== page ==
A previous article presented a complete process for assembling a portfolio. We will now provide more details on the selection of stocks using fundamental analysis (FA).
Few investment principles are more unanimously agreed upon than the fact that the current value of a financial asset is determined by the present value of the cash flows it will generate in the future. For stocks, their value (or “intrinsic value”) corresponds to the current value of future dividends. Since there is no consensus on future dividends or the discount rate, share prices fluctuate based on news concerning the company, meaning they hover around the intrinsic value (“real” value). FA involves analyzing factors that influence the company’s short- and long-term situation, such as the impact on the earnings of a sawmill that could potentially see an increase in tariffs on softwood lumber
It includes: macroeconomic analysis (most general), sector analysis, and the analysis of company-specific factors (most detailed).
On a macroeconomic level, the analyst will attempt to determine three things:
Du point de vue macroéconomique, l’analyste tentera de déterminer trois choses :
If economic activity (i.e. economic growth) exceeds expectations, share prices should rise, as earnings should be higher than expected. The case with inflation is more subtle. In general, equity prices suffer somewhat when inflation proves higher than expected, as although inflation tends to boost earnings, it also works in the opposite direction by increasing the rate of return required on equity investments. Lastly, when investors exhibit more risk tolerance (for example, when the threat of a war subsides, as the news regarding North Korea suggests), equity prices will generally go up.
In terms of sectors, FA focuses on:
Lastly, with regard to company-specific factors, FA focuses especially on the company’s profitability. This does not simply involve calculating profit margins and related ratios, but also determining why they are where they are and where they should go next. Being able to better estimate future earnings growth than “the market” is the most crucial element for measuring and taking advantage of overvalued or undervalued equities. For example, let’s say that the market reckons on a 4% annual growth in earnings and an annual return of 10% is required on a stock. If the analyst believes instead that the growth will reach 6% and is proven right, the price of the shares can be shown to be undervalued by more than 50%!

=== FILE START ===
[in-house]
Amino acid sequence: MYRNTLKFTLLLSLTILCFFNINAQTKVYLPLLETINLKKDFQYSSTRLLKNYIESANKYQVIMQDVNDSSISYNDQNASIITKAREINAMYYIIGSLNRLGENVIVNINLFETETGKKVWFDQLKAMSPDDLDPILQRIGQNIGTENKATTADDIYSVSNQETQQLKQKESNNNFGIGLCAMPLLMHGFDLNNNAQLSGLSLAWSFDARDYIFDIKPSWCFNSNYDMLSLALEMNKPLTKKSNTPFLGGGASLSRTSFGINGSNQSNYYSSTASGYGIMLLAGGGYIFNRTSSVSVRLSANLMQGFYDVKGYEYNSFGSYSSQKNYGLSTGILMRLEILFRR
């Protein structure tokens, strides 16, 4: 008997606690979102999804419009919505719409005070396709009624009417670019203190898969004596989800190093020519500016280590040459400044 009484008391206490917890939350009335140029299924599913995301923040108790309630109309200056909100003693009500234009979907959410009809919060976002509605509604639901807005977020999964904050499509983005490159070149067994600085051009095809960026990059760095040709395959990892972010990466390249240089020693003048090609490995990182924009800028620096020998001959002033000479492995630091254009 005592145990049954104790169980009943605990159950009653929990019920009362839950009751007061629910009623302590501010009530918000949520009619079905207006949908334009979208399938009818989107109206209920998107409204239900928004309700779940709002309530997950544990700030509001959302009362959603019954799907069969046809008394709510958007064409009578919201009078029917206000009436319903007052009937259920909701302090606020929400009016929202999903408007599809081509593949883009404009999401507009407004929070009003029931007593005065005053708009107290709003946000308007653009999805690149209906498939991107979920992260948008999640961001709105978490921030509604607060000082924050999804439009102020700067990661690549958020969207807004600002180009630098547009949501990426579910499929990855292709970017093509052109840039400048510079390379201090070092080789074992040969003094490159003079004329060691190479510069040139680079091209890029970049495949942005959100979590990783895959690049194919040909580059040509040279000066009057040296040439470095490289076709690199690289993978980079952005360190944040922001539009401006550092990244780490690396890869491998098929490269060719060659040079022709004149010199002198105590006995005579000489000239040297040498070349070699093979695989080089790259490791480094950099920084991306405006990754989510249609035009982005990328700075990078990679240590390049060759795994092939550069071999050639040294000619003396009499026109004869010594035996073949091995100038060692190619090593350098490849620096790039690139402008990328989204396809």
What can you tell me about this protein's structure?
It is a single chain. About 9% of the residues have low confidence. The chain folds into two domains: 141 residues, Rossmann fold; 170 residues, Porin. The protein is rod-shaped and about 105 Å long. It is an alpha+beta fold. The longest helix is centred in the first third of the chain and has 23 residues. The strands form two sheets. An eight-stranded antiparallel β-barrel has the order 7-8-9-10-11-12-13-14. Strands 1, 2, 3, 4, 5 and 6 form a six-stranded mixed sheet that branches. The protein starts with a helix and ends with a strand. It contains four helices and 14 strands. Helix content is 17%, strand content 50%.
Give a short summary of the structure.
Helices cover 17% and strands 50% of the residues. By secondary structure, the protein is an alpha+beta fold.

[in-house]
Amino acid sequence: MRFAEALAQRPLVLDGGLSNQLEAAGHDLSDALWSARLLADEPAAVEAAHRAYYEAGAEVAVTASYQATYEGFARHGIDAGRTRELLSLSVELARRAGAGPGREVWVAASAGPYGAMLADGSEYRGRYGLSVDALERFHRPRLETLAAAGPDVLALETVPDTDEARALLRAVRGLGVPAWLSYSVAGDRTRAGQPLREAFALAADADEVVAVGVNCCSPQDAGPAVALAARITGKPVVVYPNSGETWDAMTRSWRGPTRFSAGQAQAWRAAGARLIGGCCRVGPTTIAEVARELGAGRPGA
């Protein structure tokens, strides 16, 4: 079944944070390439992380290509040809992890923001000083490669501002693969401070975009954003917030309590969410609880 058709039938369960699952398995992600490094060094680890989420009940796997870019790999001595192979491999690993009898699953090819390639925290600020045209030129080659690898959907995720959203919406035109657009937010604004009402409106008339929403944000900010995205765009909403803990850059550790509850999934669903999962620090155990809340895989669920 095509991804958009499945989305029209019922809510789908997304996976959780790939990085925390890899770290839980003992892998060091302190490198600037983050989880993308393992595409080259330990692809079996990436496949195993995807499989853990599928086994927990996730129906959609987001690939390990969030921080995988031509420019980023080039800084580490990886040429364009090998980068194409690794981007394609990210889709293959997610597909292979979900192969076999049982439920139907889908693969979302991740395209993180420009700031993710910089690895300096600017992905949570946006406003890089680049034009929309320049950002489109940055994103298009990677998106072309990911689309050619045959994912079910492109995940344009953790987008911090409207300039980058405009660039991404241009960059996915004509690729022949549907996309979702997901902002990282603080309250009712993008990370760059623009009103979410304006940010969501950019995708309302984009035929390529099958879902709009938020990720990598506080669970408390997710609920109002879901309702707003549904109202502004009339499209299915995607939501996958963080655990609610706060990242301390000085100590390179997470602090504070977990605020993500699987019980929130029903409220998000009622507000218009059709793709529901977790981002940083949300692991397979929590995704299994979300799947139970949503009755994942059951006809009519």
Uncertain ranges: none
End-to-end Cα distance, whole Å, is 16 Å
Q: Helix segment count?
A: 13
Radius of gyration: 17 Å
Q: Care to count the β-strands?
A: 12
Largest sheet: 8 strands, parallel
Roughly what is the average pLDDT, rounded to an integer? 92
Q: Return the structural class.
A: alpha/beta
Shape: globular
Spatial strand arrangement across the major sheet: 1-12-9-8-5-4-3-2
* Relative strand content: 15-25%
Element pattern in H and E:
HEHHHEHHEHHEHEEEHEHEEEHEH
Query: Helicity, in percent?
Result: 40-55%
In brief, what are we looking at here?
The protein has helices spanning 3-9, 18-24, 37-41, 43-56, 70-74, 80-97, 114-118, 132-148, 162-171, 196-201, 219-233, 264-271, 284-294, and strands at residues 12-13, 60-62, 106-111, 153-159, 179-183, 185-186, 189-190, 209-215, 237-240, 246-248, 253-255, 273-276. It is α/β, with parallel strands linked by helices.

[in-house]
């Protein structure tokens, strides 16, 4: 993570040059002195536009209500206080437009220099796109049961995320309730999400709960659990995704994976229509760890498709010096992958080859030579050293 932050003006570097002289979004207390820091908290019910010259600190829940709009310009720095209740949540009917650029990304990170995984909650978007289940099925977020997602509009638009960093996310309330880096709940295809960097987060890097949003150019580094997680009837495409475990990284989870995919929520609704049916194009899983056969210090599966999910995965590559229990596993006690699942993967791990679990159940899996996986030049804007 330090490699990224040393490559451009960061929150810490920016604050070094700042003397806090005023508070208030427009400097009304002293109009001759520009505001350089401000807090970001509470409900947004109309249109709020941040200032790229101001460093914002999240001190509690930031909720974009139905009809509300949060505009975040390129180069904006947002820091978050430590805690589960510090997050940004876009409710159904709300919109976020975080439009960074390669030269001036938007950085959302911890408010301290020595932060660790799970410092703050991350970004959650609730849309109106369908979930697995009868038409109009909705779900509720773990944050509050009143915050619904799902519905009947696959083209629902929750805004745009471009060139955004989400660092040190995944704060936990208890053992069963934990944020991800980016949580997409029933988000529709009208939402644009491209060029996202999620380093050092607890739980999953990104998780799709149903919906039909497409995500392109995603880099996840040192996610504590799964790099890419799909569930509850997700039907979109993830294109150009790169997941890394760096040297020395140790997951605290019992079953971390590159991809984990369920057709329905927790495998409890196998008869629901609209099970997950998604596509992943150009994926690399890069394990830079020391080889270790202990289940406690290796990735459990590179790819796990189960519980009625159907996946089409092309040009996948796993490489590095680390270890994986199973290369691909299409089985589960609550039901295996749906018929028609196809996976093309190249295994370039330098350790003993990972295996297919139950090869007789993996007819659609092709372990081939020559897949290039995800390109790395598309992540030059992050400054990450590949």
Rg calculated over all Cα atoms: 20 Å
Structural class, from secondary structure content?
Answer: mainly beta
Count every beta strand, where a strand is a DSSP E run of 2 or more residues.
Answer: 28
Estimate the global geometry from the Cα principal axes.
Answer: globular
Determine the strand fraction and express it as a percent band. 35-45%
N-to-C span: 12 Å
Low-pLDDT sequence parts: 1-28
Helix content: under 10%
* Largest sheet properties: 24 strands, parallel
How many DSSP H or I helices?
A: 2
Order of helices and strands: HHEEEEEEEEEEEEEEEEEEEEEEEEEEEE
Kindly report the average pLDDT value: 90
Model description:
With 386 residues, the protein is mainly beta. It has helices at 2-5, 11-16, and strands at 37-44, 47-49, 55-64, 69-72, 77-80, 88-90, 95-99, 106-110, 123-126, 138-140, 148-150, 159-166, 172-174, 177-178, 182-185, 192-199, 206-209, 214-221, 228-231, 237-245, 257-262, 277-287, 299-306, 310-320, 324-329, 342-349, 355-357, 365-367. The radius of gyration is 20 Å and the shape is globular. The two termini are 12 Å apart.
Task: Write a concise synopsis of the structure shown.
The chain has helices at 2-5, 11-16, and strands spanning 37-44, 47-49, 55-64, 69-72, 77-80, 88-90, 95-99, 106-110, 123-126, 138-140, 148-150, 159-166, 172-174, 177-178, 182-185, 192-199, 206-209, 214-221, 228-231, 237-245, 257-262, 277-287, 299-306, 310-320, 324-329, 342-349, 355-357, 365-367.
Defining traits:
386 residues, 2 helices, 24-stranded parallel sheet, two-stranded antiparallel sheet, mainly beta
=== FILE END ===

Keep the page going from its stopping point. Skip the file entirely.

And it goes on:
The FA principles and examples presented above are simple, which could lead you to believe that it is easy to determine whether a stock is overvalued or undervalued. Don’t be fooled: it is very difficult to consistently beat the market consensus that is reflected in the price of a stock.
This article is an overview of the FA of stock prices. FA is a serious and viable approach for stock picking and it is extremely widespread among investment professionals. To expand your knowledge on the subject, a number of good books are available, including the following:
Edited by Pierre Laroche
 Some will say that it also depends on the future price at which it will be resold; this is true, but the future price in question will itself correspond to the present value at that time of subsequent dividends.
 Analyzing financial ratios is an important element of FA, but it is beyond the scope of this short article.
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